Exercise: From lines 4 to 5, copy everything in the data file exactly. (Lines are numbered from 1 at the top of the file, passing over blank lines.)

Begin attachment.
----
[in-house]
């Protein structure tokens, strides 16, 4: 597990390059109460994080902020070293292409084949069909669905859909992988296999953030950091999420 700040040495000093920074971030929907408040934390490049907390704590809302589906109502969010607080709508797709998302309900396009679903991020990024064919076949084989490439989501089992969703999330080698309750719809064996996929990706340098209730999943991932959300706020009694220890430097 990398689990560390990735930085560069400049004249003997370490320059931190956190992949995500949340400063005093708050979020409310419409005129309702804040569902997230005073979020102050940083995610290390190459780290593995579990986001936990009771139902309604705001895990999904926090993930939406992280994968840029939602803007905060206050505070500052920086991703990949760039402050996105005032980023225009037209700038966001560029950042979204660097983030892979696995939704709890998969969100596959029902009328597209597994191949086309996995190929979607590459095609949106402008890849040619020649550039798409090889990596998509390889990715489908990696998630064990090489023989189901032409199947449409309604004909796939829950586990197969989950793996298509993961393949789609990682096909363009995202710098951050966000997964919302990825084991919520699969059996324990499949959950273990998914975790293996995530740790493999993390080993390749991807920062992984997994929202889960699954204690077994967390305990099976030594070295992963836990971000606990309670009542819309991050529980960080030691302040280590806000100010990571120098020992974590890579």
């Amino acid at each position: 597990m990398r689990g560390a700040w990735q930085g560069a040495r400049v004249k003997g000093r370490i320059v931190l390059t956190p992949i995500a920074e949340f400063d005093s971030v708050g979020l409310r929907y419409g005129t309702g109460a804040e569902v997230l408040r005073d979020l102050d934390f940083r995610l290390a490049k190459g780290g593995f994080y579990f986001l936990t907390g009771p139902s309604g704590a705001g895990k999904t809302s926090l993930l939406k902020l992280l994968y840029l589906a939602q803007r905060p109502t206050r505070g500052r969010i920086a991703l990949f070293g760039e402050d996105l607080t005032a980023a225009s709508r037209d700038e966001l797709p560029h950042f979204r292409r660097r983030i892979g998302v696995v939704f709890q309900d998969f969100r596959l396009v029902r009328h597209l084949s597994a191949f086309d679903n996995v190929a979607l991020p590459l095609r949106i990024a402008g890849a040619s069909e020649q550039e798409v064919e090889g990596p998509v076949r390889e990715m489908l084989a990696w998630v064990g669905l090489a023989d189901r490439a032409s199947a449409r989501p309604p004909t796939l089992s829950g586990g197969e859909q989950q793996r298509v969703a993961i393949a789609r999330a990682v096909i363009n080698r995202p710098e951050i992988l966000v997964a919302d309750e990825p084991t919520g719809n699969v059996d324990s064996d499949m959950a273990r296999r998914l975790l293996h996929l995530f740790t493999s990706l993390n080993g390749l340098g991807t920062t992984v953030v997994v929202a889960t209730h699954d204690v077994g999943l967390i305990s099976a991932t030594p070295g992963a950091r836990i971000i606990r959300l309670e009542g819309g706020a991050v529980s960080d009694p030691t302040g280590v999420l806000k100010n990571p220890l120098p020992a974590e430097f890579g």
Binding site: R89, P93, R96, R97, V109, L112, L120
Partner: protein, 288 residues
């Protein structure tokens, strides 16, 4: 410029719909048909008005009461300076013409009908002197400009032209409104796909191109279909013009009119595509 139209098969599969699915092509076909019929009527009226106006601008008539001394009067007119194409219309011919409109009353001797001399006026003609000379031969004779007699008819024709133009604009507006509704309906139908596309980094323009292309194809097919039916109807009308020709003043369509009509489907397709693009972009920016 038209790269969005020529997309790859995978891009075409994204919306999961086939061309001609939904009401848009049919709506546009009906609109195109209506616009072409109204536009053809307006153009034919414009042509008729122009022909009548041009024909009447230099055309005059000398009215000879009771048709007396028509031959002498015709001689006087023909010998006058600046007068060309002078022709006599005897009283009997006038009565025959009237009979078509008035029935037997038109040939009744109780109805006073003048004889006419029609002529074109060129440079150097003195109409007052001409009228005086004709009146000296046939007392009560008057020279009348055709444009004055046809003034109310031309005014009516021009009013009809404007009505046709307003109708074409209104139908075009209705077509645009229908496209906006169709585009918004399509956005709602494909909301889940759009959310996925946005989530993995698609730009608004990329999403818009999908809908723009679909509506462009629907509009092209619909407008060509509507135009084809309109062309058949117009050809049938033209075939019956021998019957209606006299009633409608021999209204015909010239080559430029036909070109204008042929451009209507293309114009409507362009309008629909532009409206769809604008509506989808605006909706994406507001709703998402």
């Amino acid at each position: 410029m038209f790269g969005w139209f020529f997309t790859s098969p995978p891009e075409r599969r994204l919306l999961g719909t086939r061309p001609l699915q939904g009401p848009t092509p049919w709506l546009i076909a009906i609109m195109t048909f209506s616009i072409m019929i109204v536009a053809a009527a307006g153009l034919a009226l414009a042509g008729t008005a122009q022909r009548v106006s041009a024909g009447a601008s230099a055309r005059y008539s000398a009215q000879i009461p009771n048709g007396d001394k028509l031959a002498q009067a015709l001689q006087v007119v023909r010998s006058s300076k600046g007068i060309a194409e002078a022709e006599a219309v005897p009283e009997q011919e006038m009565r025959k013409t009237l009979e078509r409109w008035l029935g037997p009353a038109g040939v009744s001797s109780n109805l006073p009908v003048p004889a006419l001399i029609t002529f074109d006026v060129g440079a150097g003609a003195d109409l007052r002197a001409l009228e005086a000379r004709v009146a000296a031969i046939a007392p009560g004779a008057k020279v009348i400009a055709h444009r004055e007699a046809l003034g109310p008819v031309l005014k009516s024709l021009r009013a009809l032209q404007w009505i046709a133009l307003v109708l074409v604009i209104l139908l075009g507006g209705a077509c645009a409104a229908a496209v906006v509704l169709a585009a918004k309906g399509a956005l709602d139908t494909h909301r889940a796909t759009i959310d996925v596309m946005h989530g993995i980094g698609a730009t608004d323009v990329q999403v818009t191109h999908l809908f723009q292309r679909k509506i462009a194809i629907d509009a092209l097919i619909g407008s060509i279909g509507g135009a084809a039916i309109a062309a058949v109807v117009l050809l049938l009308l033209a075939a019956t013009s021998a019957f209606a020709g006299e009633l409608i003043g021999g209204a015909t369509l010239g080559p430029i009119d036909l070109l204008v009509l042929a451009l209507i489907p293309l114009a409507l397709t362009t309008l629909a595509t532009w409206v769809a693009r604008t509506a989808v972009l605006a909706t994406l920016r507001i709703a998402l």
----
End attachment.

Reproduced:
Binding site: R89, P93, R96, R97, V109, L112, L120
Partner: protein, 288 residues